Epigenetic therapy works by altering cell expression.
While still in early phases for mesothelioma, it has shown success in other cancers.
Clinical trials are testing epigenetic therapies alone and combined for mesothelioma.
Researchers hope targeting the epigenome can treat and prevent mesothelioma.
Epigenetic therapy is a relatively new treatment that is related to gene therapy, as the treatment looks at changes in the DNA. However, unlike gene therapy, which works to alter the DNA sequence, epigenetic therapy focuses on changes in DNA expression. Epigenetic changes in the cells are natural and normal, but can be altered by factors like age, lifestyle and toxic exposures. Researchers realized that patients with mesothelioma and other cancers have epigenetic mechanisms that deactivate cellular antitumor systems, thus allowing tumors to develop. By better understanding the role of epigenetics in cancer, researchers hope to develop more drugs that can combat these changes and help reactivate cellular systems to prevent mesothelioma tumor growth.
How Epigenetic Therapy Treats Mesothelioma
Researchers have found that flawed epigenetic patterns are common characteristics of many types of cancer cells. Changes in the epigenetic pattern can lead to tumor-suppressing genes being turned off or activating gene mutations, which can then cause tumor development.
Epigenetic modification has a strong influence on cell regulation and function, like inhibiting genes that are involved in DNA repair, cell cycle regulation, drug resistance, metastasis and angiogenesis (blood vessel growth). With so many factors that can be influenced by epigenetic alterations, researchers have sought to develop drugs that can reverse the cellular changes and create a healthier cell environment, essentially returning the cells to their pre-cancerous state.
Epigenetic therapy has been explored as a treatment for pleural mesothelioma, since researchers noted that the cancer often has rather poor response rates to traditional treatments and studies suggest epigenetics to be a contributing factor.
In general, there are two basic types of epigenetic therapies that are being tested for mesothelioma and other cancers by targeting specific proteins and enzymes in the body. These therapies have already shown success in treating lung cancer, breast cancer and lymphoma.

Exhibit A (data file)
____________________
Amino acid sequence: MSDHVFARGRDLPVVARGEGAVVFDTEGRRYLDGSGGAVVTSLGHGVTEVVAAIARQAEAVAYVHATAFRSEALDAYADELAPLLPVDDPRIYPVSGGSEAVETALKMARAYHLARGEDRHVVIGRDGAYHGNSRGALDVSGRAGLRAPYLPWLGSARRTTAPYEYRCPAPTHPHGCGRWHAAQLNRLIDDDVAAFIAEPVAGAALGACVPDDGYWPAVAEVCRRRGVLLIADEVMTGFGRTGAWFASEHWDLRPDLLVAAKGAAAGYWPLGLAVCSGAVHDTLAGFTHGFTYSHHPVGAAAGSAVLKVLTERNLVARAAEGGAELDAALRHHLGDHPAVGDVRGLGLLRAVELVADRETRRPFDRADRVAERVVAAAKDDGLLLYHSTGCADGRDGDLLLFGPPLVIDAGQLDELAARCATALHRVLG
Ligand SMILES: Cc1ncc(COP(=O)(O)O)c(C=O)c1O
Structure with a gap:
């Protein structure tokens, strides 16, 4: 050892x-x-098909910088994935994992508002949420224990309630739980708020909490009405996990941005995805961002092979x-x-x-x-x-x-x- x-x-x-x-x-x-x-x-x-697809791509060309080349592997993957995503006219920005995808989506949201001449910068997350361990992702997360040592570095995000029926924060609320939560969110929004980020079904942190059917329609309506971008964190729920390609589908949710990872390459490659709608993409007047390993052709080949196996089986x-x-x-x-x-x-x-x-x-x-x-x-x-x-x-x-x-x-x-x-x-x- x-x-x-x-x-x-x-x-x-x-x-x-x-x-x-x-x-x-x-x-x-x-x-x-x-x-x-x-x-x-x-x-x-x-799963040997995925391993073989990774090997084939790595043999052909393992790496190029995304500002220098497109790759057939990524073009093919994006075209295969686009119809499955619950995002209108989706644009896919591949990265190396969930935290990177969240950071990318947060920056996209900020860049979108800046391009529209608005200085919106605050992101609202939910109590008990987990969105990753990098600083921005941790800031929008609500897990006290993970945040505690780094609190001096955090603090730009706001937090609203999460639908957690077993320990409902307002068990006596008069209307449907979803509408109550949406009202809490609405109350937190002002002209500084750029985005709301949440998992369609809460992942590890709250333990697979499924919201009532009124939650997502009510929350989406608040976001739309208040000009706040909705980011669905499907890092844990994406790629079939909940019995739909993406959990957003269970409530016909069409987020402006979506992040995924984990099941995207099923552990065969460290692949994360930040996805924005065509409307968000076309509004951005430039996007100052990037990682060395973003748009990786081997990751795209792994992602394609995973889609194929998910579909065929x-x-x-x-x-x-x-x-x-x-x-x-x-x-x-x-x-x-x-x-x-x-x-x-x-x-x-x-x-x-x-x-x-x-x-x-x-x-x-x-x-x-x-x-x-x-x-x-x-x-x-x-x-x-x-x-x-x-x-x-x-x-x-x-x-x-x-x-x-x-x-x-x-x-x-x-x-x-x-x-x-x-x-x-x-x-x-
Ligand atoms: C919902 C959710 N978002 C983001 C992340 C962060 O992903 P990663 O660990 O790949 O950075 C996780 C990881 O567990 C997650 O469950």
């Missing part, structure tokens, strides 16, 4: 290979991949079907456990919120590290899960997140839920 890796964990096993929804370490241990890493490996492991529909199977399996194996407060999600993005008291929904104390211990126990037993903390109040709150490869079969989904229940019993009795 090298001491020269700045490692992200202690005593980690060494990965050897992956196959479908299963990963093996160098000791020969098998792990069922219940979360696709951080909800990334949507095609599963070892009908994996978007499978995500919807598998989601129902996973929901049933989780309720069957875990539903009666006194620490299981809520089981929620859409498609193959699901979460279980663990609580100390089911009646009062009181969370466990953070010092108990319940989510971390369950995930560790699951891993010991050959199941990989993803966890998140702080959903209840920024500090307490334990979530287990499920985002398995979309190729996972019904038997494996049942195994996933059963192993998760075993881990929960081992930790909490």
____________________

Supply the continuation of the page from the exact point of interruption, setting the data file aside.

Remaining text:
Types of Epigenetic Therapies
- Histones are alkaline proteins that package and order DNA into nucleosomes, which allows for gene expression
- HDAC inhibitors modify histones to allow the DNA to be wrapped more tightly, which leads to the expression of genes associated with a healthy cell cycle and tumor suppression
- Methyl is added to DNA (methylate) to impact the function of the genes and gene expression
- Research has shown the amount of DNA methylation significantly impacts survival (hypermethylation leads to shorter survival)
- DNMT inhibitors interfere with hyper methylation patterns, which can lead to tumor growth and development
Clinical Trials Testing Epigenetic Therapy for Mesothelioma
Researchers have tested a variety of drugs that target HDACs or DNMTs to treat pleural mesothelioma, with mixed results. Many of these clinical trials are still in the earlier phases, with a focus on understanding combinations of epigenetic therapies with other treatments to improve efficacy. A number of epigenetic therapy drugs, sometimes labeled as chemotherapy drugs, are FDA approved to treat various solid tumors, cancers and other health conditions.
Since epigenetic drugs are sometimes called chemotherapy drugs, many clinical trials have tested these new treatments in combination with chemotherapy. One study treated 45 pleural mesothelioma patients with HDAC inhibitor valproate (also referred to as valproic acid) and chemotherapy drug doxorubicin. Patients underwent one to six cycles of treatment, with mixed success. Median progression-free survival was just 2.5 months, with only 25% of patients surviving one year or longer. Overall, though, the researchers noted that the treatment was safe and could be an effective regimen for patients with recurrent epithelioid pleural mesothelioma.
Another epigenetic drug, vorinostat, was used in a similar phase III study of patients with recurrent pleural mesothelioma who had previously been treated with chemotherapy. Researchers concluded the drug was ineffective on its own, as survival was extended to about 31 weeks compared to 27 with the standard of care.
Despite poor results in some of these trials, researchers continue to explore the effects of epigenetic regulation and potential multimodal approaches. Various studies suggest epigenetic therapy combined with immunotherapy could lead to improved outcomes and lengthen life expectancy.
Risks and Benefits of Epigenetic Therapy
While clinical trials so far have shown mixed results for mesothelioma, researchers are still hopeful as epigenetic treatments have proven successful for other health conditions. Though the efficacy of the treatment in extending survival may differ widely by patient, researchers have noted that overall it’s a safe treatment that may work best as a second-line cancer treatment for recurrent mesothelioma.
So far in clinical trials, researchers have noted that epigenetic therapy is generally less toxic than standard treatments like chemotherapy and has fewer side effects. Many of the risks experienced with epigenetic therapy can be reduced with lifestyle or dietary changes, as well.
Risks of Epigenetic Therapy
- Decrease in the number of white blood cells
- Difficulty breathing (dyspnea)
There are currently several mesothelioma clinical trials involving epigenetic therapy. With further research, researchers hope this cancer therapy could eventually become an effective first-line treatment.